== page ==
Aspiration services are limited to Edmonton and Calgary. The Edmonton Women’s Health Options Clinic provides aspiration services up to 20 weeks (patients can self-refer to 780-484-1124). The clinic will only prescribe medication abortion to patients who live in Edmonton.
In Calgary, the Kensington Clinic (403-283-9117) provides aspiration up to 20 weeks; beyond 20 weeks, patients can seek care from the Peter Lougheed Centre (403-943-5716). Kensington can refer patients to a physician who will provide telemedicine prescriptions for medication abortion anywhere in the province.
There are clinics providing aspiration services in Cranbrook, Kelowna, Nanaimo, Nelson, Vancouver, and Victoria. Patients may self-refer to the CARE clinic at BC Women’s Hospital in Vancouver for later term procedures (24 weeks and beyond): call 604-875-2022 or book online. There are also many medication prescribers across the province. For help navigating, patients can the provincial Pregnancy Options Line (604-875-3163) or the Options for Sexual Health “Sex Sense” information line at 1-800-739-7367.
Northwest Territories and Nunavut
Patients can call the Northern Options for Women program at 1-888-873-5710. A service of N.W.T.’s Health and Social Services Authority, the program provides care for residents of both N.W.T. and Kitikmeot (Western Nunavut). The headquarters is in Yellowknife and offers aspiration abortion from 14 to 20 weeks.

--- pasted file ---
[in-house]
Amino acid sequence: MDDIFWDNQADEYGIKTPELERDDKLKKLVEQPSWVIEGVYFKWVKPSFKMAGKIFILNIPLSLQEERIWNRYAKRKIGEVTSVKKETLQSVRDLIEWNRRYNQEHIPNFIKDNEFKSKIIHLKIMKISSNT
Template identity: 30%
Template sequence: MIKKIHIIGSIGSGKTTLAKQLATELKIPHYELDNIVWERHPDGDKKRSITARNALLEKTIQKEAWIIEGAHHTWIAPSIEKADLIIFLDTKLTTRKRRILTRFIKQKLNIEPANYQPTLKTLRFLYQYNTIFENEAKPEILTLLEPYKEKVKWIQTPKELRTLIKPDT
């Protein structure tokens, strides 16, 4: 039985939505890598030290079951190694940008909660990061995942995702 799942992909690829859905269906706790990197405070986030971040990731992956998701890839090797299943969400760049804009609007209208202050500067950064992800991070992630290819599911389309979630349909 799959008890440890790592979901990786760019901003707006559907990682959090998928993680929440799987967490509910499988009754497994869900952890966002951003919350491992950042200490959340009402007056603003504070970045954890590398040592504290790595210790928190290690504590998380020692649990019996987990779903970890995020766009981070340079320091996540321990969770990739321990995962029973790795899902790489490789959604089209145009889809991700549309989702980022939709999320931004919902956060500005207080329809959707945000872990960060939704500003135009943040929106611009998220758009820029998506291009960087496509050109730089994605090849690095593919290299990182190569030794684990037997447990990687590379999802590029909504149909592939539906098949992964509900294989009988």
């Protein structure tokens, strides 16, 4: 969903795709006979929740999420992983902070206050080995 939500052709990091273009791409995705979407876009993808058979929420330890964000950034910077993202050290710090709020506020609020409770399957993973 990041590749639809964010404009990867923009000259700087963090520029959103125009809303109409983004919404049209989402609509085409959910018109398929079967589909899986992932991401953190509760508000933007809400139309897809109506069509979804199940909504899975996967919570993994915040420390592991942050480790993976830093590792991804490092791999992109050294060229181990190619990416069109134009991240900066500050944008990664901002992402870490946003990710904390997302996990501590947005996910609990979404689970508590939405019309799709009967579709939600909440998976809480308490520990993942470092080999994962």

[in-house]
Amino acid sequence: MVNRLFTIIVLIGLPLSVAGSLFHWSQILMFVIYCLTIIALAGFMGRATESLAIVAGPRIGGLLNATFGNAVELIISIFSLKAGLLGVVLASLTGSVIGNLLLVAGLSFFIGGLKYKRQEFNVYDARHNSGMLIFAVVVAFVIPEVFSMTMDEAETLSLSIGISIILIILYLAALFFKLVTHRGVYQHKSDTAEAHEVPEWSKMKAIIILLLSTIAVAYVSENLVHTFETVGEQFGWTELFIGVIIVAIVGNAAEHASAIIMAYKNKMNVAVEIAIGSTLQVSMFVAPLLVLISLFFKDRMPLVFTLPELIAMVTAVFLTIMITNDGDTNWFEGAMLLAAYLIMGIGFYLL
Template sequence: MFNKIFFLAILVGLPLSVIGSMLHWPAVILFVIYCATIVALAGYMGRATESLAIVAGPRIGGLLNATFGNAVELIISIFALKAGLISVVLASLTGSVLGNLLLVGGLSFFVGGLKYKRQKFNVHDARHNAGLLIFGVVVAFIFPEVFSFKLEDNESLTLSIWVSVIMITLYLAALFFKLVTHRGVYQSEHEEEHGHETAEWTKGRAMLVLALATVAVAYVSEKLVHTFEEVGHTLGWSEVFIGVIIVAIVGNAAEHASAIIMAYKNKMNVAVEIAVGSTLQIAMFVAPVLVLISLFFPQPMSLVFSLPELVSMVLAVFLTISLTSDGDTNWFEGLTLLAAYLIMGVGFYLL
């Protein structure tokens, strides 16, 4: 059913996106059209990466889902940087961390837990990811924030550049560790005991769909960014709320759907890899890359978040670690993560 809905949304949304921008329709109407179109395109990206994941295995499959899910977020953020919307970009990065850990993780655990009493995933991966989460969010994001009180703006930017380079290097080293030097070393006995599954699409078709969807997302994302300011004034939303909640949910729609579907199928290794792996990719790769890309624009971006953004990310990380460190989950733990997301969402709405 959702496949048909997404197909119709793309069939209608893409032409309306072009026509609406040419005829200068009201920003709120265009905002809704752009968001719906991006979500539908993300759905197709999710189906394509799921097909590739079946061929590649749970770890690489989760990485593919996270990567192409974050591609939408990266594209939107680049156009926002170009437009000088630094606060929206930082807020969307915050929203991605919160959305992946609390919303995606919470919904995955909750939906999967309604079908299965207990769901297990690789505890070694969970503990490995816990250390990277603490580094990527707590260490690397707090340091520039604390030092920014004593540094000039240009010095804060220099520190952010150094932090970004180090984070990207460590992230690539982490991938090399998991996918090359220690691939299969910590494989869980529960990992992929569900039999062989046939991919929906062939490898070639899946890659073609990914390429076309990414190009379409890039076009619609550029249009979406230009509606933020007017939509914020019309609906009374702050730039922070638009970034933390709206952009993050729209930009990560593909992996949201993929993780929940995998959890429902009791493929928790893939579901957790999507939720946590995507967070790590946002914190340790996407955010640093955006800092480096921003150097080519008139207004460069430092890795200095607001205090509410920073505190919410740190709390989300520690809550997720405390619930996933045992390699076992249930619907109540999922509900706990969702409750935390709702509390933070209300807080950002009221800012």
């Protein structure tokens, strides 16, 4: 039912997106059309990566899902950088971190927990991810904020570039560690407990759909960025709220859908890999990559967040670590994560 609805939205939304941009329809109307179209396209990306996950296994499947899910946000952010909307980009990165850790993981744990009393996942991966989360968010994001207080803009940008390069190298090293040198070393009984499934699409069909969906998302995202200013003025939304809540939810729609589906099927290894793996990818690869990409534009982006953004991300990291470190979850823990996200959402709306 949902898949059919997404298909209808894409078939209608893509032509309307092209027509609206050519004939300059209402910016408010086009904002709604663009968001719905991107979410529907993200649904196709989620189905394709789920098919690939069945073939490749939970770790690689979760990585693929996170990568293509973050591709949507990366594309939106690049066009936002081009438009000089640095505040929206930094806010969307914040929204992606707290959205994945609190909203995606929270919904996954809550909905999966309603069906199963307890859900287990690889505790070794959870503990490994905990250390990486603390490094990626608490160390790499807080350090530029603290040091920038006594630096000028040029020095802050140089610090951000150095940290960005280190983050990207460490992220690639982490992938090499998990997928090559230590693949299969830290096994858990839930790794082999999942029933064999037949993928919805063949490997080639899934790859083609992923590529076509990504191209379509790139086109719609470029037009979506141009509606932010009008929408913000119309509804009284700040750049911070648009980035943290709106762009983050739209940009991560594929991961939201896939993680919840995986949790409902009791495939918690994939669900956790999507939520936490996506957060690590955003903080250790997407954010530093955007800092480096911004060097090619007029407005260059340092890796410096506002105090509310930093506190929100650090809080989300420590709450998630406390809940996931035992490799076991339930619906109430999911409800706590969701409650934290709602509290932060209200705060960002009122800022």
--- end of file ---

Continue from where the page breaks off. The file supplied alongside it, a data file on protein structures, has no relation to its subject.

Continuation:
Medication abortion is available in Rankin Inlet, Cambridge Bay and Iqaluit, and aspiration abortion is available at the Qikiqtani hospital in Iqaluit, up to 13 weeks. The hospital number is 867-975-8600.
The Opal Clinic in Whitehorse provides surgical abortion up to 15 weeks. Patients can leave a message at 867-393-6635. There are also Opal-affiliated prescribers of medication abortion in Dawson City and elsewhere in the territory.
For information about services anywhere in the country, or for support to pay for travel for care, patients can call Action Canada (1-888-642-2725) or the National Abortion Federation Hotline (1-800-772-9100).
Where we go from here
As an abortion care provider, I believe we can improve access significantly by increasing health professional engagement in this work. We need health professional schools to routinely teach about abortion, for more health professionals to become prescribers/providers of abortion, and for prescribers and providers to increase their use of telemedicine and other approaches that expand accessibility.
The general public can make a huge difference by sharing information about abortion services, and talking openly about the importance of abortion as a normal part of sexual and reproductive health.